A changing landscape of healthcare start-ups amidst pandemic
With the worsening of Covid-19’s impact, gaps in Indian healthcare are exposed. However, digital health startups have come to rescue for this. From COVID-19 trackers to cheap ventilator designs, healthcare startups in India utilised medical technology to lessen problems posed by the pandemic.
Anushruti Singh September 20, 2020
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COVID-19 pandemic caused an exponential rush of patients to hospitals and health camps set up in hotels and schools. It then reached to a critical stage which rattled the healthcare systems of various nations across the globe. However, the crisis has provided us an opportunity to opt for ingenuity and innovation resulting in better healthcare systems.
Indian start-ups then closely worked with central, state, and district governments to support the healthcare infrastructure and to strengthen disease monitoring systems with innovations enabled with technology. From COVID-19 trackers to cheap ventilator designs, startups in India utilised medical technology to lessen problems posed by the pandemic.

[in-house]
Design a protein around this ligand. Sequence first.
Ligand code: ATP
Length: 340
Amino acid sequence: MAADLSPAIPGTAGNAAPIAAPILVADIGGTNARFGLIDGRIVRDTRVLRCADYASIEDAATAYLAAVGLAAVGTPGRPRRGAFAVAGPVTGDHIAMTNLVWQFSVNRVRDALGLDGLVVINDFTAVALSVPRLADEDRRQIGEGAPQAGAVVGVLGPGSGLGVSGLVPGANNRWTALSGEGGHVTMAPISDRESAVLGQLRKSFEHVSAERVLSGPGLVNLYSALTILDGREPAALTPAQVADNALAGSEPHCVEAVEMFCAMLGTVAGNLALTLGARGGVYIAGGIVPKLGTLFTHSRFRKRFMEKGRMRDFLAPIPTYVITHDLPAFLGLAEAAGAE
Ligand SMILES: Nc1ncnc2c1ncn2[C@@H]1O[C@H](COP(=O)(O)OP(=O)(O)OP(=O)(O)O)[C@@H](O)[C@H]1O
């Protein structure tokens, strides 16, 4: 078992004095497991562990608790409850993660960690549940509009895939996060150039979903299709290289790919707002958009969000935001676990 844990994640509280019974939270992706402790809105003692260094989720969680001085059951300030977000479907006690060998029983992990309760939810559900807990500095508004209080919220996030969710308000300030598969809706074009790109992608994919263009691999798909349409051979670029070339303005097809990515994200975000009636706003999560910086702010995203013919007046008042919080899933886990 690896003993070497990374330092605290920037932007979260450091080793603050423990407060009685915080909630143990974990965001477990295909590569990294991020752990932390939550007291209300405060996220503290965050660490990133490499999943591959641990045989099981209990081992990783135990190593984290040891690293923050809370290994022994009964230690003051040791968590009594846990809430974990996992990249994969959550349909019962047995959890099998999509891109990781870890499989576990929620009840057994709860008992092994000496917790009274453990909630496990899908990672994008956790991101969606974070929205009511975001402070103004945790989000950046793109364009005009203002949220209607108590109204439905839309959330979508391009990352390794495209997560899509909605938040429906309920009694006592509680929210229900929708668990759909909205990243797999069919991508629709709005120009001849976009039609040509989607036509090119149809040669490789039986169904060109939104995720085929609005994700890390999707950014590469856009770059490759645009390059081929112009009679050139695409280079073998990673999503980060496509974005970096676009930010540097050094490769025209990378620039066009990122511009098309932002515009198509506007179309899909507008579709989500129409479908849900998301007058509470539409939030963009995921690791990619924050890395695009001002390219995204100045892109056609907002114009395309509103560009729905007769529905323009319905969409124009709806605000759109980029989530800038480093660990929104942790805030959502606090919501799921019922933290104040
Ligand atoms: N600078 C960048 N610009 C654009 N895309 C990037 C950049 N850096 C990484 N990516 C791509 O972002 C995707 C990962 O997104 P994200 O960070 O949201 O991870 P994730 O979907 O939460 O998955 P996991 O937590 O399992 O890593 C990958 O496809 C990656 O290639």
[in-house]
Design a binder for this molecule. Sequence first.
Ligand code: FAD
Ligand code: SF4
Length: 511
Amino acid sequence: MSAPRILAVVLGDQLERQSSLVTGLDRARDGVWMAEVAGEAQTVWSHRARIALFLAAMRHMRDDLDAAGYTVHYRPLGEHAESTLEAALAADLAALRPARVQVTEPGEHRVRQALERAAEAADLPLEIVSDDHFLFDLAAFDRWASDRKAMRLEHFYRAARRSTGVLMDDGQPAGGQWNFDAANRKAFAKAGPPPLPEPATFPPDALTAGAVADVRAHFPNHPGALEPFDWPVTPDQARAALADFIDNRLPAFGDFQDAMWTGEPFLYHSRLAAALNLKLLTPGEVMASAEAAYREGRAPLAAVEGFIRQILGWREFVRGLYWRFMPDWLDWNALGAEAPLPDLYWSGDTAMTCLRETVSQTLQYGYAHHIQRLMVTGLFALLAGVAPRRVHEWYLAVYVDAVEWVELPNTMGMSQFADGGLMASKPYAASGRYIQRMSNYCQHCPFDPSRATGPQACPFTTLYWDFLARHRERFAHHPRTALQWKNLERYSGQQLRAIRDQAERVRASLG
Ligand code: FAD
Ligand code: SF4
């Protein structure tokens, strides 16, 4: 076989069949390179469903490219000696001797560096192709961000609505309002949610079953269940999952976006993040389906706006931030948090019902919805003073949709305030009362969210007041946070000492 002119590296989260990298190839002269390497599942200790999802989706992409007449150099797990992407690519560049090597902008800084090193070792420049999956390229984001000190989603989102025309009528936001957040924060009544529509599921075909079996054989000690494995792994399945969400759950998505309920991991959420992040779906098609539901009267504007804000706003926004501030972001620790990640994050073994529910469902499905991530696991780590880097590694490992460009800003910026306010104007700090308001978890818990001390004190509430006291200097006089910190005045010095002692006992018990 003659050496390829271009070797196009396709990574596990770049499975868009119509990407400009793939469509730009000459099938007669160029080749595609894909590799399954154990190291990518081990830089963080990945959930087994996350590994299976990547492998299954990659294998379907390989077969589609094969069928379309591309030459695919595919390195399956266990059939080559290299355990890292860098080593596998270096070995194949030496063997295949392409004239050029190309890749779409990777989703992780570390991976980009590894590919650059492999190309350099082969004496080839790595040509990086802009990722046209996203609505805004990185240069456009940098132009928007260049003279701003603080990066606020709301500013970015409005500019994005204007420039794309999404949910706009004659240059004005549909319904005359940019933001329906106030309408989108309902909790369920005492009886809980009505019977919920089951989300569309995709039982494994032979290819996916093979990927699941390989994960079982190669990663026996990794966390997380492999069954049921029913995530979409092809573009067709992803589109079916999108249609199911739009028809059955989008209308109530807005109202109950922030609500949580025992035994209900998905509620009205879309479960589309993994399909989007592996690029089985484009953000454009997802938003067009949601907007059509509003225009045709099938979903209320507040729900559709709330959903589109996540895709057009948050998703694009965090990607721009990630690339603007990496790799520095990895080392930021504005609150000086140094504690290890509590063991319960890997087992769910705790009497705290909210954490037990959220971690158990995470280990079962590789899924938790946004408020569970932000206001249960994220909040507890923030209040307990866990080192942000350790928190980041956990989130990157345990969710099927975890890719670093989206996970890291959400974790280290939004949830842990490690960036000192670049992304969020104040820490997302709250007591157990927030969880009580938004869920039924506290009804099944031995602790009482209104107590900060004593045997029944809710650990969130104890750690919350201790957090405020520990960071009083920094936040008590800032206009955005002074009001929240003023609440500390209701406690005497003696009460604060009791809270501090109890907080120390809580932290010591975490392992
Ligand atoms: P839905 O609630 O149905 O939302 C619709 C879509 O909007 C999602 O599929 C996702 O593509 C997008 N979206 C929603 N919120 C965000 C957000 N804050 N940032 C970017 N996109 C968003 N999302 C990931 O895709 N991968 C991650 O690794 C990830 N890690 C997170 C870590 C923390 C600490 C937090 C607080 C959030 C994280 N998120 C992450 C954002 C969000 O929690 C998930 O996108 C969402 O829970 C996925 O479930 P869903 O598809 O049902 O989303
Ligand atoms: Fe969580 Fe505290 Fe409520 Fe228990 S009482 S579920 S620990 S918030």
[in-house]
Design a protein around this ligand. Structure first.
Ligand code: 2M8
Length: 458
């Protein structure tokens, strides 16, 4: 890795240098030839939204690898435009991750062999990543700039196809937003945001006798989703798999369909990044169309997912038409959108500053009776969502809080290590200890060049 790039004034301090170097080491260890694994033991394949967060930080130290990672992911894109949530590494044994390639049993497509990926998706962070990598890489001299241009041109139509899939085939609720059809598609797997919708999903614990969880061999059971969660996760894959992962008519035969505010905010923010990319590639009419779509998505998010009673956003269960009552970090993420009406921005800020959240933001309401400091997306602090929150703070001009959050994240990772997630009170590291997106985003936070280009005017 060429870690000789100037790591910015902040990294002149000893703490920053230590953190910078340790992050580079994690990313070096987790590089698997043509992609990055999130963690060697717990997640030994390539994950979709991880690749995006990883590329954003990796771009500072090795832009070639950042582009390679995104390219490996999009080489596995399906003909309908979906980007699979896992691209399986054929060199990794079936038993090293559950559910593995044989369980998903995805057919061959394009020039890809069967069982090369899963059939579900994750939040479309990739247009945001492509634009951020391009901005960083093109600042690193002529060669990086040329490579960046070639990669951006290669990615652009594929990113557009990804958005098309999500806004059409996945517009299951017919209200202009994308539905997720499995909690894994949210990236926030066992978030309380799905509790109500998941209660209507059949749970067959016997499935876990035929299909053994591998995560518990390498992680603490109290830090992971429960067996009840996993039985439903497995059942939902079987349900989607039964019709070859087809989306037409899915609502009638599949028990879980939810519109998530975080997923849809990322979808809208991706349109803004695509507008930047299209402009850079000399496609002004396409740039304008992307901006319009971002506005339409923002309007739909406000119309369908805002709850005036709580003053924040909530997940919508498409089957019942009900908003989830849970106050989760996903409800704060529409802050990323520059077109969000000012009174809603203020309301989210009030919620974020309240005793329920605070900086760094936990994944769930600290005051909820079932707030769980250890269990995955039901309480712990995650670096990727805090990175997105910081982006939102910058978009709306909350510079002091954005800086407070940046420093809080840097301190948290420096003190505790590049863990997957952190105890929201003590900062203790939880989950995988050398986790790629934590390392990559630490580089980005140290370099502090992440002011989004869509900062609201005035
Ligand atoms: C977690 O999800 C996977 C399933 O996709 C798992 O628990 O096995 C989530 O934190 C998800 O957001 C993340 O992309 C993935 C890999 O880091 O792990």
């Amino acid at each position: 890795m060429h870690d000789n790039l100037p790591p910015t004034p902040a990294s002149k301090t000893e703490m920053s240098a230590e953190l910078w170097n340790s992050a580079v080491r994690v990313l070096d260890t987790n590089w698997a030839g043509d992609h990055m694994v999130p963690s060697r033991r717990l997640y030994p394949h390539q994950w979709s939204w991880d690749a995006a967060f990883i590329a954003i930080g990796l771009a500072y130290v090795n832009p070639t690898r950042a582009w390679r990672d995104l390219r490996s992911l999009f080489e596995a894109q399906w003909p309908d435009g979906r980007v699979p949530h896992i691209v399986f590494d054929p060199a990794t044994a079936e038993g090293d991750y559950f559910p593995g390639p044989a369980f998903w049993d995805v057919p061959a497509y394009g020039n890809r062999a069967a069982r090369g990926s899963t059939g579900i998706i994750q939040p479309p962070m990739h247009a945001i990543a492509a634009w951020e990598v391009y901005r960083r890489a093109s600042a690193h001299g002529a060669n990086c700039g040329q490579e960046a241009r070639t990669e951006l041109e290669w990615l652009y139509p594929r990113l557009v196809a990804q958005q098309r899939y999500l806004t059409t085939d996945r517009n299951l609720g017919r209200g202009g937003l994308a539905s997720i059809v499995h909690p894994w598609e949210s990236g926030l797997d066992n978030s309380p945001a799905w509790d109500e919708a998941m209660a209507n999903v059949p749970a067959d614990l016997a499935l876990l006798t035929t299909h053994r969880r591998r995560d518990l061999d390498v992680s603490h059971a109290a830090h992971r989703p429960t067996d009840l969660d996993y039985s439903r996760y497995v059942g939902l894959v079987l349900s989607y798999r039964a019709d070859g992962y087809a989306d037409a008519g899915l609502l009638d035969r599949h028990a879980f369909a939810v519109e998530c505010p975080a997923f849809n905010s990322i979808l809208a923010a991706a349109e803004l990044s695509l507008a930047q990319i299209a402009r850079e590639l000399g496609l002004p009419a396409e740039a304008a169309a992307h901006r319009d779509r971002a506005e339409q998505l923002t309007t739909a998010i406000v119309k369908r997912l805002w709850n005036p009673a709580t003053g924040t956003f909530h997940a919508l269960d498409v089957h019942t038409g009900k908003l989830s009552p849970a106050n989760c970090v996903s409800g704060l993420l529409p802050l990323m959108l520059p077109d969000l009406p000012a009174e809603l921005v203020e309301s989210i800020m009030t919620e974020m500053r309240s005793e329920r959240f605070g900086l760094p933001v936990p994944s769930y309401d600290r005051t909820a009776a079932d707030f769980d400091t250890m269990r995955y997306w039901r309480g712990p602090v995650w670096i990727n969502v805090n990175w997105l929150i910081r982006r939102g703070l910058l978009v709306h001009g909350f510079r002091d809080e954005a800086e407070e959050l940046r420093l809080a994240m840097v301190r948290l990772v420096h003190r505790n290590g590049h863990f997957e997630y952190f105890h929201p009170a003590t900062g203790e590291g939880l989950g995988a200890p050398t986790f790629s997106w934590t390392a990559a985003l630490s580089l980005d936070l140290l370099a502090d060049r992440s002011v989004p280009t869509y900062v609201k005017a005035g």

For instance, the invention of Emergency Use Authorization (EUA) for the fastest ever molecular testing of COVID-19 by Abbott Laboratories is a remarkable milestone in the healthcare space. Many such developments and innovations have paved the way for a technologically advanced healthcare space which in future will change of how we perceive healthcare in India.
Another example is the use of online consultation rather than visiting the doctors in person, and the procurement of medicines online rather than visiting a chemist. These small changes have led to a paradigm shift in the healthcare space, opening a plethora of opportunities for startups.
Dr. Kanav Kahol, CEO of DIVOC Health tells that there has been a massive growth of healthcare ecosystem in India due to the coronavirus outbreak. He says, “Interestingly in India, the healthcare sector has always been two generations behind. So, whenever innovations happen, we had to wait for years to adopt them such as a new method of transplant.”
He adds further, “However, COVID-19 has changed the landscape. With the outbreak of virus, we are seeing a massive increase in the uptake of innovations. Thus, regulatory agencies have become accepting. They are giving approvals easily for testing products out and their implementation.”
According to him, one of the positive aspects of the current crisis is that startup ecosystem in this field is getting recognition. He claims, “They are getting recognition and growth which we all look for in terms of people using those platforms. The other thing is that a lot of apprehensions about using new tools are fading away.”